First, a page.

The Court of Appeals Decision

Vanegas appealed and the Seventh Circuit reversed. As an initial matter, the Court of Appeals noted that, in this case, a motion to dismiss under Rule 12(b)(6) was inappropriate, as the FLSA exemption on which the defendant based its motion – and on which the district court based its dismissal – is not one of the affirmative defenses listed in Rule 12(b), and this is not “one of the rare [cases] in which the plaintiff had pleaded himself out of court by including ‘facts that establish an impenetrable defense to its claims’ in the complaint” (quoting Tamayo v. Blagojevich, 526 F.3d 1074, 1086 (7th Cir. 2008)). Rather, the defendant should have included the FLSA exemption defense in its answer, and then filed a motion to dismiss under Rule 8(c) after the pleadings had closed. Regardless, concluded the Seventh Circuit, questions of material fact remained unanswered that precluded dismissal of the lawsuit solely on the plaintiff’s complaint.

Looking to guidance from the DOL, the Court of Appeals cited to an interpretive rule explaining that three conditions must be met for work to fall within the agricultural exemption: (1) it must constitute an established part of agriculture; (2) it must be subordinate to the farming operations involved; and (3) it must not amount to an independent business. 29 C.F.R. § 780.144. Focusing on the third condition as dispositive of the appeal, the Seventh Circuit noted that DOL regulations establish a “fact-driven, totality-of-the-circumstances test” to determine whether the defendant’s construction business amounts to an independent business apart from agriculture. 29 C.F.R. § 780.145. Thus, the defendant’s (and the district court’s) reliance entirely on the “erection of silos and granaries” example ignored the remainder of that regulation, which clarifies that whether such construction workers are engaged in agriculture “depends, of course, on whether the practices are performed as an incident to or in conjunction with the farming operations on the particular farm[.]”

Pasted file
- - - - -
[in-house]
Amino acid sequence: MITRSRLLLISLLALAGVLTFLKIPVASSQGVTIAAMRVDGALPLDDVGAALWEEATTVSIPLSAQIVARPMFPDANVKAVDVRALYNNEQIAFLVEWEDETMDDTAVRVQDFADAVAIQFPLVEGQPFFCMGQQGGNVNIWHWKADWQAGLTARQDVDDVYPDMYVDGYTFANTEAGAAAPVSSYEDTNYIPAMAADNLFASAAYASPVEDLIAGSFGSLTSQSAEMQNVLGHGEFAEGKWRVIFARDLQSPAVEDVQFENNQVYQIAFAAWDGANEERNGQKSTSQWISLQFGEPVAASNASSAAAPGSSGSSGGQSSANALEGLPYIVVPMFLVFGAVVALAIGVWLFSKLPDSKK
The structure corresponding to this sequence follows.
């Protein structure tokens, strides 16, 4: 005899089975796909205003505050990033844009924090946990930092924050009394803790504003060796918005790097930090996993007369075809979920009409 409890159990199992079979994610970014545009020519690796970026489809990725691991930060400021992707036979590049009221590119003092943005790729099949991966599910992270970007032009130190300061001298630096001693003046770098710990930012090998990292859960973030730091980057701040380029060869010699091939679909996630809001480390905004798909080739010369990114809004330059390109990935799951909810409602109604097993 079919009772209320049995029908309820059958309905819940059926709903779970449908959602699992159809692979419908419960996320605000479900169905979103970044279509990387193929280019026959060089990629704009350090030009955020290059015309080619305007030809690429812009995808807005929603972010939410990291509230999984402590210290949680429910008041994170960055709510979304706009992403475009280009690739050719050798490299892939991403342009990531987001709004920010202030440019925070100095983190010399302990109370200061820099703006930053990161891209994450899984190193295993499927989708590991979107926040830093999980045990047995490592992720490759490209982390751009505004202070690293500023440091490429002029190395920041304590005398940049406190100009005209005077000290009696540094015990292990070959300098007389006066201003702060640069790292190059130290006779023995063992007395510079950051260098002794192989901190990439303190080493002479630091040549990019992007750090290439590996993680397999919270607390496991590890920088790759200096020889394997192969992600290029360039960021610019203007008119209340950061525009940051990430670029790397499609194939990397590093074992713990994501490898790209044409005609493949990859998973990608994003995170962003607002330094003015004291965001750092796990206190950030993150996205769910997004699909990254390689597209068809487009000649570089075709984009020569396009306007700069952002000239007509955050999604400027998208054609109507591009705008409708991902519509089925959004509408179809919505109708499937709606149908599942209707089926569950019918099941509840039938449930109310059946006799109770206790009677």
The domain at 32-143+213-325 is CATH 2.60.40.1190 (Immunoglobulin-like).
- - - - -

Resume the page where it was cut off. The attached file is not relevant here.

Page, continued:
To that end, stated the Seventh Circuit, the “nuanced, fact-intensive inquiry” required to determine whether the construction work is incident to or in conjunction with the farming operations, or conversely is an independent business, “is ill-suited for resolution based only on the allegations of a complaint,” particularly given that “[w]ork that once was routinely performed by farmers” – for example, the production of fertilizer that is now routinely mass-created in factories – “can evolve into something separately organized as an independent productive activity.” Similarly, if the work at issue is routinely subcontracted by farmers rather than performed by the farmers themselves, that would be a “‘significant indication’” that the work is not agricultural. 29 C.F.R. § 780.146. In the case at hand, “[n]othing in the complaint addresses whether farmers in the modern agricultural economy ordinarily build their own large livestock enclosures or hire separately organized construction companies to do so – facts relevant only to the affirmative defense.”

Second, courts should consider whether the construction contracts are “in competition with agricultural or with industrial operations.” 29 C.F.R. § 780.146. “If a business’s primary competitors are not farming operations, then work performed for that business is unlikely to fall within the agricultural exemption.” Nothing in the plaintiff’s complaint addressed this question, let alone unequivocally answered it.

Third, courts should look at “the division of labor and supervision between a contractor’s employees and those of the farmer.” If there is minimal (or non-existent) overlap between the work performed by the farm’s employees and that performed by the contractor’s workers, “the logical implication is that the contractor’s work does not fall within the [agricultural] exemption.” Again, nothing in the judicial complaint resolved this question in Signet’s favor. On the contrary, the complaint alleged that Vanegas and his co-workers were employed and paid exclusively by Signet.

The Court of Appeals further rejected Signet’s argument that Vanegas’s work necessarily was “agricultural” because his H-2A visa had been approved, noting that the definition of “agricultural” work is broader under the H-2A visa application program than it is under the FLSA. After rejecting a procedural argument asserted by the company, and after briefly reviewing some other factors cited by the DOL regulations and looking to several analogous cases, the Seventh Circuit was “convince[d] [] that the district court adopted too narrow a focus when it looked only at the work that [the plaintiff] performed as an employee, omitting consideration of questions such as whether his employer was engaged in a productive activity separately organized from farming.” Thus, while ultimately Signet might be able to prove that the agricultural exemption applies to the work performed by Vanegas and his co-workers, it had not carried its burden to establish the exemption at this early juncture. Therefore, the Seventh Circuit reversed the dismissal of the case and remanded it to the district court for more analysis on the exemption’s application.